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Vol. 25 No. 5
September-October 2003

Internet Connection | Providing brief overviews of helpful chemistry resources on the web.

The Science of Spectroscopy
www.scienceofspectroscopy.info

by Stewart L. Mader

Since 1999, Michael A. Rooke and Stewart L. Mader have been co-principal investigators of The Science of Spectroscopy. Funded by NASA through its National Space Grant College and Fellowship Program, the project has focused on rethinking how spectroscopy is taught in undergraduate chemistry courses. The work has resulted in a Web-based curriculum tool that is used at a number of colleges and universities both in the USA and abroad, including the UK, Taiwan, Germany, and Sweden.

The Science of Spectroscopy is featured in several prominent digital libraries, including LearnNet from the Royal Society of Chemistry <www.chemsoc.org/learnnet> and the National Grid for Learning <www.ngfl.gov.uk>. In addition, the journal Science recently published a piece on the project in its Vol. 297 issue of 13 September 2002. The Science of Spectroscopy also recently became affiliated with www.science.gov, a U.S. government Web site dedicated to cataloging Web-based resources sponsored by government agencies. It is the only resource highlighting spectroscopy to be selected so far for inclusion on the site.

Over the past year, the site's popularity with the Asian educational community has grown considerably. Approximately 25% of visits now come from Pacific Rim countries by way of The Infochem Project <http://infochem.nctu.edu.tw>, a digital library based at the National Chiao Tung University in Taiwan. The Science of Spectroscopy guides students through a study of spectroscopy, beginning with an introduction to light and its properties, the electromagnetic spectrum, types of light both visible and invisible to the human eye, and the effects of light interaction with matter. Students continue to a section presenting more advanced elements of spectroscopy theory, such as fluorescence, phosphorescence, and chemiluminescence. The site includes descriptions of common spectroscopic analysis techniques and applications of spectroscopy.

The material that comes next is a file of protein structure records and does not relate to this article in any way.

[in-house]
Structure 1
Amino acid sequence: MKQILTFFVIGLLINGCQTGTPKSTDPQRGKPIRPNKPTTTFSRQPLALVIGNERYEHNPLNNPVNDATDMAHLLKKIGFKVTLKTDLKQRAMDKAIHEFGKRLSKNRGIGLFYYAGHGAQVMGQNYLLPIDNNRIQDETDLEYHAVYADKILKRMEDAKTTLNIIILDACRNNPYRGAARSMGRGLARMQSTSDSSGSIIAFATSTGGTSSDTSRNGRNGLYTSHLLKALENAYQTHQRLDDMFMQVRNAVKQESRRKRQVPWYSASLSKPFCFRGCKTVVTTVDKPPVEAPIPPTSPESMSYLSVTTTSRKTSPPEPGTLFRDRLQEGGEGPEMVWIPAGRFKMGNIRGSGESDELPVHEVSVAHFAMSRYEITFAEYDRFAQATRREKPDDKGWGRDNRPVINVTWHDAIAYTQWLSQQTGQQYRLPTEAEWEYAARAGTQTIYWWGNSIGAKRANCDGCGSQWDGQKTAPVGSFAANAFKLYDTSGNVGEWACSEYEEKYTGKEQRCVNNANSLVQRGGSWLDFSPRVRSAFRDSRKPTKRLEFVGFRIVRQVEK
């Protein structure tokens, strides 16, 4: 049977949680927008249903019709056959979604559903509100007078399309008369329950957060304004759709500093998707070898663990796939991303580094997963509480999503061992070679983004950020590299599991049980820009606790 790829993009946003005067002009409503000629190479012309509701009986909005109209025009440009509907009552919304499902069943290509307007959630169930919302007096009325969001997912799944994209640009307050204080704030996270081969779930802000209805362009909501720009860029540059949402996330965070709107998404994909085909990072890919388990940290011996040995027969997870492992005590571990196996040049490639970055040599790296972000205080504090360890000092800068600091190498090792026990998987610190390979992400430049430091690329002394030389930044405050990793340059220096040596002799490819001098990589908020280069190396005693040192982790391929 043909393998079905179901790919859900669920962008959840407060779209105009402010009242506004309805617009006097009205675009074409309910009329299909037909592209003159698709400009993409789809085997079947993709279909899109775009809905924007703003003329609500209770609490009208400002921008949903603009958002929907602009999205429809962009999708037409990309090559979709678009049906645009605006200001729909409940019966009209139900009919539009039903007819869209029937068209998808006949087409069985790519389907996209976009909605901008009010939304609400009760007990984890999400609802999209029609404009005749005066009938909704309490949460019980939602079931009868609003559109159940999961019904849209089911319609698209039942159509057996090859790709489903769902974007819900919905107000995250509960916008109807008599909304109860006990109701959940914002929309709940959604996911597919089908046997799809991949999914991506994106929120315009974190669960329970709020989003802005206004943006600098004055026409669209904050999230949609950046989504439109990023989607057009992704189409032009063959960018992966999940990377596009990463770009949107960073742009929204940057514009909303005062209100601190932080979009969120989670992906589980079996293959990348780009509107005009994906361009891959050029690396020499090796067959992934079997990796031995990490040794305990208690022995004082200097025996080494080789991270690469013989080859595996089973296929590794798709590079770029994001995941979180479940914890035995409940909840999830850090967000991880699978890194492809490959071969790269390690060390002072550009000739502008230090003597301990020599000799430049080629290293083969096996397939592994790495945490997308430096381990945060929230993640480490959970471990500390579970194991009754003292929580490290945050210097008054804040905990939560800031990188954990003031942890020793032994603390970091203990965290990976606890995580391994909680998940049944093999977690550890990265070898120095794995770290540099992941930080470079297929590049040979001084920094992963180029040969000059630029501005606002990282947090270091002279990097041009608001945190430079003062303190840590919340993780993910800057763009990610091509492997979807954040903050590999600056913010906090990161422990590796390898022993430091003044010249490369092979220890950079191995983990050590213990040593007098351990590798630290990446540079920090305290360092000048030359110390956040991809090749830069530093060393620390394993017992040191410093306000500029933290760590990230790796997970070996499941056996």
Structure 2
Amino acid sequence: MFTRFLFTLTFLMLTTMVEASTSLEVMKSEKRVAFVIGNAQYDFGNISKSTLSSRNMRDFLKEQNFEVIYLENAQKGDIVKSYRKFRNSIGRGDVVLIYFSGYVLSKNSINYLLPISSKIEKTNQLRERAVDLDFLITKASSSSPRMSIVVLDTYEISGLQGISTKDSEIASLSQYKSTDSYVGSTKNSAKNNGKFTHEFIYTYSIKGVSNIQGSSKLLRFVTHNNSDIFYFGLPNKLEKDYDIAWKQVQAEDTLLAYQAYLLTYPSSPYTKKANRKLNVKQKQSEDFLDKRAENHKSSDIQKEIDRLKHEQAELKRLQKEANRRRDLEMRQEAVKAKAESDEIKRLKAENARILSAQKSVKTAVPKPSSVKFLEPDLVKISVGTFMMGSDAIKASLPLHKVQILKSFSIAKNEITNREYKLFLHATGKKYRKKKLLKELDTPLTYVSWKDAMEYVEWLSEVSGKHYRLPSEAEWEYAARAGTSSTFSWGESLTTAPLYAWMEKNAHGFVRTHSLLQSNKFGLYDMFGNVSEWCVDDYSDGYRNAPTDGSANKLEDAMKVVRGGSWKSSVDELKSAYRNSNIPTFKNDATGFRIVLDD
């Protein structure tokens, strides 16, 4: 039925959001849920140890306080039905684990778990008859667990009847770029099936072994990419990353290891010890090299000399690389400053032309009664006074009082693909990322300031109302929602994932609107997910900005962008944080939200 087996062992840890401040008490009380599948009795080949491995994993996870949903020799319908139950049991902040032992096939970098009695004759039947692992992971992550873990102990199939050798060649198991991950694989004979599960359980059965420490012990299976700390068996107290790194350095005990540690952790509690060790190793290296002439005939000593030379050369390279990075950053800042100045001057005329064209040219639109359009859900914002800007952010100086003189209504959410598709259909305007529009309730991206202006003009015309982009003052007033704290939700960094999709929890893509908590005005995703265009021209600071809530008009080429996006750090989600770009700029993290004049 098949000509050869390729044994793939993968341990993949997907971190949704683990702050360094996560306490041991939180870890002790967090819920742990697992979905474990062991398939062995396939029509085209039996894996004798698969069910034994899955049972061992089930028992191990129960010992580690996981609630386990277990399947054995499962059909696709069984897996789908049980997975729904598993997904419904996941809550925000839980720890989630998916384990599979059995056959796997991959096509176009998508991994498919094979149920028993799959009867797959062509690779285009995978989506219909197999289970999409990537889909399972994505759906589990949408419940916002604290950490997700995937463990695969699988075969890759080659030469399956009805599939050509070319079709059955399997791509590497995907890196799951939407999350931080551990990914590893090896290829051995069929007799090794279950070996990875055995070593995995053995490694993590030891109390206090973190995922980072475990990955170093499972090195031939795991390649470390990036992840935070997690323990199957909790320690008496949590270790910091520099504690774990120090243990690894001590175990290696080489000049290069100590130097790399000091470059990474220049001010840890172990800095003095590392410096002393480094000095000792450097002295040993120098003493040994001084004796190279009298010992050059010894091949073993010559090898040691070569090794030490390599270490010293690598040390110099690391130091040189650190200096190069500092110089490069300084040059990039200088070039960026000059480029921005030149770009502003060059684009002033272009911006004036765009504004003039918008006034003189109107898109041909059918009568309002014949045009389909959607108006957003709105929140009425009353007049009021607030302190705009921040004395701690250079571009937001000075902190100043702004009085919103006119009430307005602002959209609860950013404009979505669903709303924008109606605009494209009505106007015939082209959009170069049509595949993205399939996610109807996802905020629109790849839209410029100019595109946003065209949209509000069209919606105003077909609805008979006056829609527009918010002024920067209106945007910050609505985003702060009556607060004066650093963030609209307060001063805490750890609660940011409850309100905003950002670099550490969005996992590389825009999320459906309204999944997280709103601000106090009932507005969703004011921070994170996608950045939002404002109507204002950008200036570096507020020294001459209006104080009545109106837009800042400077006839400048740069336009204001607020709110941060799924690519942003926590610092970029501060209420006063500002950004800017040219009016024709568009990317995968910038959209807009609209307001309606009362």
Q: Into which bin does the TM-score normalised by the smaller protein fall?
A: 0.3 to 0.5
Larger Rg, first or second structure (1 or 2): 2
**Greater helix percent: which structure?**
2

The site also explains five of the most common techniques used to study light interaction with matter. Additionally, students can view three-dimensional molecules in a virtual reality environment, and they can manipulate and closely inspect spectra, the representations of data collected as a result of spectroscopic analysis of molecules.

Another section of the site, provides an introduction to a wide range of spectroscopy applications: consumer devices, including microwaves and sunscreen; medical equipment such as magnetic resonance imaging, CT scanning, and cardiovascular imaging; and space science technology. A special subsection of the site focuses on NASA initiatives and missions in which spectroscopy is a key tool. One such example is the Hubble Space Telescope, which is highlighted for its ability to image distant nebulae, stars, and celestial formations through the use of infrared, ultraviolet, and visible light.

The site's "Web Instruments" section gives students an opportunity to interact with virtual simulations of the instruments used to carry out spectroscopic analyses. Here students can become familiar with the general process of preparing a sample for analysis, collecting a set of data, and manipulating the data to find the desired information about the sample. The newest "Web Instrument" is a scanning electron microscope, which provides the user a range of samples and full capability to adjust brightness, contrast, focus, and magnification.

The entire Web site is designed to tailor the learning experience to the pace, schedule, and interest of the learner. It also allows an instructor to use as much of the content as desired in a course, and content in one section can be used either in conjunction with, or independent of, any other section of the site.

A major new addition to the Web-based material provided by The Science of Spectroscopy is the documentary Seeing the Scientific Light, which is scheduled for release this summer.

www.scienceofspectroscopy.info


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